As per the Basil III requirement, there are more changes and restrictions brought to the capital requirement and level of leverage held by the banks. According to Basil III, bankers should report about the financial leverage to the public and the regulators. Restriction in the financial leverage from 2013 over the banks has resulted in almost stable or even decreasing trend noticeable for all four banks (Majcher, 2015).  Due to the changes in regulation all the banks disclosed similar fluctuation in the financial leverage over the period and for WBC and NAB there is a reduction in the leverage. WBC has the least leverage when compared to other peers, and financial leverage is the major driver of ROE for all banks. 
 
The decrease in the earnings of the company will reduce the overall tax burden, and it will reduce the implication of tax on the ROE similar to that of ANZ during 2016. CBA does not disclose more fluctuation in the tax burden ratio over the period similar to WBC. NAB’s tax burden has decreased mainly due to the fall in the net income during 2016 mainly due to discontinued business operations (NAB, 2016). CBA and WBC has stable tax burden due to stable net income generation when compared to ANZ and NAB. 
 

 

d) Future ROE

There is a transition in the entire banking industry that reduces the reliance on market power and housing price to financial stability and addressing community issue will decrease the ROE for banks. Increasing price competition in the housing market requires Australian banks to be prepared for facing those challenges (Jacobs, 2018). Disruptive innovation in managing the payment and other financial transactions will build up the pressure on bankers in the country and will have an adverse impact on the ROE. There is an increase in the increased scrutiny provides downside risks related to legal and regulatory requirements for the banks affecting their strategic focus from generating revenue. According to Morgan Stanley’s report, Westpac bank has a lower level of executive risks and uncertainty which will provide an advantage to them in managing the ROE when compared to the peers (Jacobs, 2018).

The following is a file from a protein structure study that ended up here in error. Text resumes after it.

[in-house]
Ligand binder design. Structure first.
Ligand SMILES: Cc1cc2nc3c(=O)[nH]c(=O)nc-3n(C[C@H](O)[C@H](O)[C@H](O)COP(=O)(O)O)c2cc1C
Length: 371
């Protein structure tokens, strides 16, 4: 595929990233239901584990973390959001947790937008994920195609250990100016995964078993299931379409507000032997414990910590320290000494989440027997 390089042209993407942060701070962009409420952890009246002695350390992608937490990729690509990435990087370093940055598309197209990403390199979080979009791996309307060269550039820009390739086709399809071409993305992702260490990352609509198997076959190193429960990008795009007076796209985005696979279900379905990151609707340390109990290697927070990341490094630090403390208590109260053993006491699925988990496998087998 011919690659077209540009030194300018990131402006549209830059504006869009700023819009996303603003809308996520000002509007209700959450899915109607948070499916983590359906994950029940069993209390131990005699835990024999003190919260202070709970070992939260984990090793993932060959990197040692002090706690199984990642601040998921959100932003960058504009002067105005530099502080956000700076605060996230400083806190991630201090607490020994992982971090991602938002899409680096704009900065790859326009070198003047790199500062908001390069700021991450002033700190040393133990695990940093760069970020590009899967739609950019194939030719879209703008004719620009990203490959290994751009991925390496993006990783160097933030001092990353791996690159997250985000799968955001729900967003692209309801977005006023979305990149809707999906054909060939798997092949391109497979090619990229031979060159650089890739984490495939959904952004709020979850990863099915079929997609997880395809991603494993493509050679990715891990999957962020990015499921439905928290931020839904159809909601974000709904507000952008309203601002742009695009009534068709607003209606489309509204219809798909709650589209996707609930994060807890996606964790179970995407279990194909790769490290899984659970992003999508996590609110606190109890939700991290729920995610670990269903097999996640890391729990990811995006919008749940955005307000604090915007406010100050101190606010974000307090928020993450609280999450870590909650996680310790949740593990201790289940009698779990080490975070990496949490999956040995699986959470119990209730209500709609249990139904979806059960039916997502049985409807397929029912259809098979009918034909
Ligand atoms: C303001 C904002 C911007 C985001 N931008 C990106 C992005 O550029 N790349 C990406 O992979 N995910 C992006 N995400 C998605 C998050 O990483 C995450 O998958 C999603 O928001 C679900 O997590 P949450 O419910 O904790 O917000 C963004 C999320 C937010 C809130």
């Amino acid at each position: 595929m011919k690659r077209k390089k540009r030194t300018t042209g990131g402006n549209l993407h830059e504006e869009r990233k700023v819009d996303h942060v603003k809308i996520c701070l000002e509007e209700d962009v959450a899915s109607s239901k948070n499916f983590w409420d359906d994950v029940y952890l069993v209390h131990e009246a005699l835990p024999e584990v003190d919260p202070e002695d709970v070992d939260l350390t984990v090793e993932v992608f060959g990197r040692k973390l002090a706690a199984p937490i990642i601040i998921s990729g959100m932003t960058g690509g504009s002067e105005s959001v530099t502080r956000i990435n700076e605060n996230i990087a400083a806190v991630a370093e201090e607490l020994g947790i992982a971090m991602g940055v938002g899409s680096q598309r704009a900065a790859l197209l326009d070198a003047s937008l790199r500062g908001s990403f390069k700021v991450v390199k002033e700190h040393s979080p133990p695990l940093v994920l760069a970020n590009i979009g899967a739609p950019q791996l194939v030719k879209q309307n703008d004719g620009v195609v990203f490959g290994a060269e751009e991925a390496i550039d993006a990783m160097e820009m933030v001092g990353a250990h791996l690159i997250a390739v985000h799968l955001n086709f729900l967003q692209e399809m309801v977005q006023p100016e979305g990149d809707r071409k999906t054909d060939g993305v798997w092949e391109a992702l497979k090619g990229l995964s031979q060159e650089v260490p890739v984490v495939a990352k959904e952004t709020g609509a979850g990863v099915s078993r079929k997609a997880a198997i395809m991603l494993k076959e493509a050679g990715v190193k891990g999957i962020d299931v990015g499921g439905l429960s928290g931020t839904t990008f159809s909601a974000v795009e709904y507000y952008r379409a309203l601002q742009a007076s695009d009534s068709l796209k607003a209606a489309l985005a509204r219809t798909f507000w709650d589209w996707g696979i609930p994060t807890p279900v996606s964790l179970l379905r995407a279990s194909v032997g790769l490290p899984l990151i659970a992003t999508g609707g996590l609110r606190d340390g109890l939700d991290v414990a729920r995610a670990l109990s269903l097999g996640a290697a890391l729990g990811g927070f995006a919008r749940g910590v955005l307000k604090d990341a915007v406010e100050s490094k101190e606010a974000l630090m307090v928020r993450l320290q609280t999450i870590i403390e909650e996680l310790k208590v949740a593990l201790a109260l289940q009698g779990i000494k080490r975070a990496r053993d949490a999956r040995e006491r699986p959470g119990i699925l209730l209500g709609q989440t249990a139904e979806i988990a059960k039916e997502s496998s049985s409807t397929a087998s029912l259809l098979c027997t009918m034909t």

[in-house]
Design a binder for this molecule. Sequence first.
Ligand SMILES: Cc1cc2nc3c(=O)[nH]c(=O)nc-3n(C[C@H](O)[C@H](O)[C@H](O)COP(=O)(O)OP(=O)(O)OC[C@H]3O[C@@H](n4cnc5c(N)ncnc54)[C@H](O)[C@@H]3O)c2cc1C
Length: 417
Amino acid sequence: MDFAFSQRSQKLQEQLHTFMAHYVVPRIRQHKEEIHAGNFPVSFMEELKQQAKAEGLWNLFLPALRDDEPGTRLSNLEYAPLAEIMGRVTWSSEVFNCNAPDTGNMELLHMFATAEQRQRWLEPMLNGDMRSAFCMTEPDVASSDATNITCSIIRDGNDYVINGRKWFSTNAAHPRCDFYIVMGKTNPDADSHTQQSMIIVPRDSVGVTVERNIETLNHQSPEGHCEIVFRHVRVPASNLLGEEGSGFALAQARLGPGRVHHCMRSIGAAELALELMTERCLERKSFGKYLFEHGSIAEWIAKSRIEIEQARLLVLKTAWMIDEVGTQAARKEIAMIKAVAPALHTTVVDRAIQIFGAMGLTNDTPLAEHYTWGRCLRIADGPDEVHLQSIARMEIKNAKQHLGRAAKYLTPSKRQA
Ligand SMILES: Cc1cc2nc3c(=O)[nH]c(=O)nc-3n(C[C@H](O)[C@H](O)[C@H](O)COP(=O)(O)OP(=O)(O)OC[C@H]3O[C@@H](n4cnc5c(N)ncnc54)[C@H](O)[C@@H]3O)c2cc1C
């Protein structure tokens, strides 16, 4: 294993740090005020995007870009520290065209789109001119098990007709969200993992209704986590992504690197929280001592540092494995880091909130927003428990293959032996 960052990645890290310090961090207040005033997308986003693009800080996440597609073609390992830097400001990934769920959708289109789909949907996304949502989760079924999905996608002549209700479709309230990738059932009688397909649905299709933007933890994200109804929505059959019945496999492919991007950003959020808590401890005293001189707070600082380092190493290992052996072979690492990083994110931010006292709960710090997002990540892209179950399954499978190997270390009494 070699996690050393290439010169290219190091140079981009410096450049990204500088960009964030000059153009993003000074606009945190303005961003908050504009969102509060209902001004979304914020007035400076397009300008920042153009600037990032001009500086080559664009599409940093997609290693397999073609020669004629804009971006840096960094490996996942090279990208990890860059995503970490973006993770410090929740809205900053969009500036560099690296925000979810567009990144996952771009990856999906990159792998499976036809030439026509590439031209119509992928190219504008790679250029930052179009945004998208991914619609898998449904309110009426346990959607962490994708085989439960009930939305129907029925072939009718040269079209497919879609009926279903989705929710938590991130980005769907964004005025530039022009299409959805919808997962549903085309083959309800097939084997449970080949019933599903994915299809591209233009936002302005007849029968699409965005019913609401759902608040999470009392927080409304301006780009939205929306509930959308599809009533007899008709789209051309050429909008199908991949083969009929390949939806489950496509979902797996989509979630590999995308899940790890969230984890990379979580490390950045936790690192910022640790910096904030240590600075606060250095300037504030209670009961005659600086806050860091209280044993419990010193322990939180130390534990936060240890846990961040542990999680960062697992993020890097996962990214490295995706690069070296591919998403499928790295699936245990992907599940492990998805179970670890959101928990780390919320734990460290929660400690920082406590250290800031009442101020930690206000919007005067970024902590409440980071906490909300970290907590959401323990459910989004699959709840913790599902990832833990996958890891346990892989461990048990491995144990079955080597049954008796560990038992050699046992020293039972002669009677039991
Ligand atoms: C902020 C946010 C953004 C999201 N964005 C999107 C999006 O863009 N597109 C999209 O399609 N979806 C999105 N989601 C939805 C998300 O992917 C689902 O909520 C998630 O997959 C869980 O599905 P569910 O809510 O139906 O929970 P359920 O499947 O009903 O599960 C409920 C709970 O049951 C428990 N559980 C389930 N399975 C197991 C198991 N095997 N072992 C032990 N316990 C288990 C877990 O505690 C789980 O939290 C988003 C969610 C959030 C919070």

Change associated with the innovation that is 70% of the banks will be forced to invest in innovative technology to retain their competitiveness which will pull down the ROE of the banks (EY, 2018). There will be a deviation in the investment made by the banks towards technology which may or may not generate a required return is resulting in poor ROE projections for the banks. Changes in regulatory priorities and handling reputation risks is a major challenge for the banks, and it is expected to have a negative impact on the future ROE. Thus, future banks ROE is projected to decrease
 

Conclusion